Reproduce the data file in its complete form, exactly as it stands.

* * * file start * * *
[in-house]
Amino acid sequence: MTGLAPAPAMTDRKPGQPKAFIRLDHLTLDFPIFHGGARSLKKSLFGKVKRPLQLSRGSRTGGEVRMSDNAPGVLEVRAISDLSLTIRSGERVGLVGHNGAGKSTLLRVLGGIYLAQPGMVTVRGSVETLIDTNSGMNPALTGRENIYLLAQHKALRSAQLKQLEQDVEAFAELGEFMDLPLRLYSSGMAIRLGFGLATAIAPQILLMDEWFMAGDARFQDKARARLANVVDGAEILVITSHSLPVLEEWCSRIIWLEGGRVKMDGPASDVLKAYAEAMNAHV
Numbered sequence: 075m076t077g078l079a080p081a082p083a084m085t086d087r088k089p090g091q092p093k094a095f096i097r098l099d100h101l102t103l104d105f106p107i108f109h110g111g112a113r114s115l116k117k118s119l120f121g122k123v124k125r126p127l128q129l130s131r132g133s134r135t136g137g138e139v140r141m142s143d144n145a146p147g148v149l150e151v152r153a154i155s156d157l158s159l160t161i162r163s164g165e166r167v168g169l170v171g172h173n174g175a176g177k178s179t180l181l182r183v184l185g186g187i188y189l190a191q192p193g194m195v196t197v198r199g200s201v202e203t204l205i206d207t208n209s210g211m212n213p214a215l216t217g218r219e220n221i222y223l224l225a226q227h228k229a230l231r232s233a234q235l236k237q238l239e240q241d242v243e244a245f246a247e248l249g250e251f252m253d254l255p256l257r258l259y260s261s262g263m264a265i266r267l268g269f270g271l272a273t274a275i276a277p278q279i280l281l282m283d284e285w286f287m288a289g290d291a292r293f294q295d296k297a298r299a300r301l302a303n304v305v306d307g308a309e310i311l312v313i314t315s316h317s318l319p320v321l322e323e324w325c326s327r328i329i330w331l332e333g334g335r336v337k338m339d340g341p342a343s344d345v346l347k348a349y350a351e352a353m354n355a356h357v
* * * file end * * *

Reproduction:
[in-house]
Amino acid sequence: MTGLAPAPAMTDRKPGQPKAFIRLDHLTLDFPIFHGGARSLKKSLFGKVKRPLQLSRGSRTGGEVRMSDNAPGVLEVRAISDLSLTIRSGERVGLVGHNGAGKSTLLRVLGGIYLAQPGMVTVRGSVETLIDTNSGMNPALTGRENIYLLAQHKALRSAQLKQLEQDVEAFAELGEFMDLPLRLYSSGMAIRLGFGLATAIAPQILLMDEWFMAGDARFQDKARARLANVVDGAEILVITSHSLPVLEEWCSRIIWLEGGRVKMDGPASDVLKAYAEAMNAHV
Numbered sequence: 075m076t077g078l079a080p081a082p083a084m085t086d087r088k089p090g091q092p093k094a095f096i097r098l099d100h101l102t103l104d105f106p107i108f109h110g111g112a113r114s115l116k117k118s119l120f121g122k123v124k125r126p127l128q129l130s131r132g133s134r135t136g137g138e139v140r141m142s143d144n145a146p147g148v149l150e151v152r153a154i155s156d157l158s159l160t161i162r163s164g165e166r167v168g169l170v171g172h173n174g175a176g177k178s179t180l181l182r183v184l185g186g187i188y189l190a191q192p193g194m195v196t197v198r199g200s201v202e203t204l205i206d207t208n209s210g211m212n213p214a215l216t217g218r219e220n221i222y223l224l225a226q227h228k229a230l231r232s233a234q235l236k237q238l239e240q241d242v243e244a245f246a247e248l249g250e251f252m253d254l255p256l257r258l259y260s261s262g263m264a265i266r267l268g269f270g271l272a273t274a275i276a277p278q279i280l281l282m283d284e285w286f287m288a289g290d291a292r293f294q295d296k297a298r299a300r301l302a303n304v305v306d307g308a309e310i311l312v313i314t315s316h317s318l319p320v321l322e323e324w325c326s327r328i329i330w331l332e333g334g335r336v337k338m339d340g341p342a343s344d345v346l347k348a349y350a351e352a353m354n355a356h357v